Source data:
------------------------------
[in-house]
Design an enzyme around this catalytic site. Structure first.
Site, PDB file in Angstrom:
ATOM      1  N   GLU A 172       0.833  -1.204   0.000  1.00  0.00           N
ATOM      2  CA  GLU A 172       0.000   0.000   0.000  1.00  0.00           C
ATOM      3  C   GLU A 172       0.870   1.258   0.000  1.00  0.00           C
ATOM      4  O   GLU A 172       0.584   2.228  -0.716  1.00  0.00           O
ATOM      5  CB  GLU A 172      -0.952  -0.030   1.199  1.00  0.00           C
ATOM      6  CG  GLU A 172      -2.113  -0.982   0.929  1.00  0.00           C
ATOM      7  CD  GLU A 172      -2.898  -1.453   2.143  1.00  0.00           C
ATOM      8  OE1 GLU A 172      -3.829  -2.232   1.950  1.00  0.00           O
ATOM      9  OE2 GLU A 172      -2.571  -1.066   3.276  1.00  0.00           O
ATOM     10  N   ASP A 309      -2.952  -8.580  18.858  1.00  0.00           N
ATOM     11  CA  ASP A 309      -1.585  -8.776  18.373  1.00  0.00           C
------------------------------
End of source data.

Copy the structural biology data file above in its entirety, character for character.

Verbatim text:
[in-house]
Design an enzyme around this catalytic site. Structure first.
Site, PDB file in Angstrom:
ATOM      1  N   GLU A 172       0.833  -1.204   0.000  1.00  0.00           N
ATOM      2  CA  GLU A 172       0.000   0.000   0.000  1.00  0.00           C
ATOM      3  C   GLU A 172       0.870   1.258   0.000  1.00  0.00           C
ATOM      4  O   GLU A 172       0.584   2.228  -0.716  1.00  0.00           O
ATOM      5  CB  GLU A 172      -0.952  -0.030   1.199  1.00  0.00           C
ATOM      6  CG  GLU A 172      -2.113  -0.982   0.929  1.00  0.00           C
ATOM      7  CD  GLU A 172      -2.898  -1.453   2.143  1.00  0.00           C
ATOM      8  OE1 GLU A 172      -3.829  -2.232   1.950  1.00  0.00           O
ATOM      9  OE2 GLU A 172      -2.571  -1.066   3.276  1.00  0.00           O
ATOM     10  N   ASP A 309      -2.952  -8.580  18.858  1.00  0.00           N
ATOM     11  CA  ASP A 309      -1.585  -8.776  18.373  1.00  0.00           C